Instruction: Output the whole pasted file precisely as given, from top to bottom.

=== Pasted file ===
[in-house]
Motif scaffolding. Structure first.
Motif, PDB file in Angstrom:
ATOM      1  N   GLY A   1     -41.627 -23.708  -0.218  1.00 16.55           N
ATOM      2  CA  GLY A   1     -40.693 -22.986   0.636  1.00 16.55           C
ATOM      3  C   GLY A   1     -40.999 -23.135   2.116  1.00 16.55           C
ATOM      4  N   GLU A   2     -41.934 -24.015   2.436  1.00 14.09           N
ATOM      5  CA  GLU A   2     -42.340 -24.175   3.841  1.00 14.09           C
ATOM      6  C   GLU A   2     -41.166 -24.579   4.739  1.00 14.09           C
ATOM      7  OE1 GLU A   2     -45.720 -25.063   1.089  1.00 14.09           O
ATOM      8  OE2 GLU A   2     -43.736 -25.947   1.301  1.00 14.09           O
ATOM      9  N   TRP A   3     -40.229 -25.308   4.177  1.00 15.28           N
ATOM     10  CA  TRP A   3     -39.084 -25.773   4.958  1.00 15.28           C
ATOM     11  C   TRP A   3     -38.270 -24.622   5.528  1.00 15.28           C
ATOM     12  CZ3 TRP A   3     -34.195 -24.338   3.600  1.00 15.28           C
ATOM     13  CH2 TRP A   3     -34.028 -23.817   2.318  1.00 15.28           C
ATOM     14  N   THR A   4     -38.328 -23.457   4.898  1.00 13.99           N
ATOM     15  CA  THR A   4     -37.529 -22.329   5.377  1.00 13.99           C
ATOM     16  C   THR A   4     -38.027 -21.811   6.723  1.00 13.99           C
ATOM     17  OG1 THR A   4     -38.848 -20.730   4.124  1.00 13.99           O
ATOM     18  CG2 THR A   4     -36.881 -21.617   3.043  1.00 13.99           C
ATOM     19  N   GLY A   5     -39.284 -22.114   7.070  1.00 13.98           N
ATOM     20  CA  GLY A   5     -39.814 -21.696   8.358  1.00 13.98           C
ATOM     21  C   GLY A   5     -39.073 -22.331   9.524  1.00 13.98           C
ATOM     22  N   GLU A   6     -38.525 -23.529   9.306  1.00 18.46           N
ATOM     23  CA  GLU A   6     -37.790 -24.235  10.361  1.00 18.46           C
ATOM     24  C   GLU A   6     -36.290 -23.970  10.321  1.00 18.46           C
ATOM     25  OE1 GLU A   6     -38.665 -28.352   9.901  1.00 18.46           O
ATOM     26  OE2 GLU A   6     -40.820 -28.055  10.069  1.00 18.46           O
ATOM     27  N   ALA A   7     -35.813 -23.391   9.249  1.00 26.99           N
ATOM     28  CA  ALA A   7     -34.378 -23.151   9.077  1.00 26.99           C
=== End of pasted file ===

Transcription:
[in-house]
Motif scaffolding. Structure first.
Motif, PDB file in Angstrom:
ATOM      1  N   GLY A   1     -41.627 -23.708  -0.218  1.00 16.55           N
ATOM      2  CA  GLY A   1     -40.693 -22.986   0.636  1.00 16.55           C
ATOM      3  C   GLY A   1     -40.999 -23.135   2.116  1.00 16.55           C
ATOM      4  N   GLU A   2     -41.934 -24.015   2.436  1.00 14.09           N
ATOM      5  CA  GLU A   2     -42.340 -24.175   3.841  1.00 14.09           C
ATOM      6  C   GLU A   2     -41.166 -24.579   4.739  1.00 14.09           C
ATOM      7  OE1 GLU A   2     -45.720 -25.063   1.089  1.00 14.09           O
ATOM      8  OE2 GLU A   2     -43.736 -25.947   1.301  1.00 14.09           O
ATOM      9  N   TRP A   3     -40.229 -25.308   4.177  1.00 15.28           N
ATOM     10  CA  TRP A   3     -39.084 -25.773   4.958  1.00 15.28           C
ATOM     11  C   TRP A   3     -38.270 -24.622   5.528  1.00 15.28           C
ATOM     12  CZ3 TRP A   3     -34.195 -24.338   3.600  1.00 15.28           C
ATOM     13  CH2 TRP A   3     -34.028 -23.817   2.318  1.00 15.28           C
ATOM     14  N   THR A   4     -38.328 -23.457   4.898  1.00 13.99           N
ATOM     15  CA  THR A   4     -37.529 -22.329   5.377  1.00 13.99           C
ATOM     16  C   THR A   4     -38.027 -21.811   6.723  1.00 13.99           C
ATOM     17  OG1 THR A   4     -38.848 -20.730   4.124  1.00 13.99           O
ATOM     18  CG2 THR A   4     -36.881 -21.617   3.043  1.00 13.99           C
ATOM     19  N   GLY A   5     -39.284 -22.114   7.070  1.00 13.98           N
ATOM     20  CA  GLY A   5     -39.814 -21.696   8.358  1.00 13.98           C
ATOM     21  C   GLY A   5     -39.073 -22.331   9.524  1.00 13.98           C
ATOM     22  N   GLU A   6     -38.525 -23.529   9.306  1.00 18.46           N
ATOM     23  CA  GLU A   6     -37.790 -24.235  10.361  1.00 18.46           C
ATOM     24  C   GLU A   6     -36.290 -23.970  10.321  1.00 18.46           C
ATOM     25  OE1 GLU A   6     -38.665 -28.352   9.901  1.00 18.46           O
ATOM     26  OE2 GLU A   6     -40.820 -28.055  10.069  1.00 18.46           O
ATOM     27  N   ALA A   7     -35.813 -23.391   9.249  1.00 26.99           N
ATOM     28  CA  ALA A   7     -34.378 -23.151   9.077  1.00 26.99           C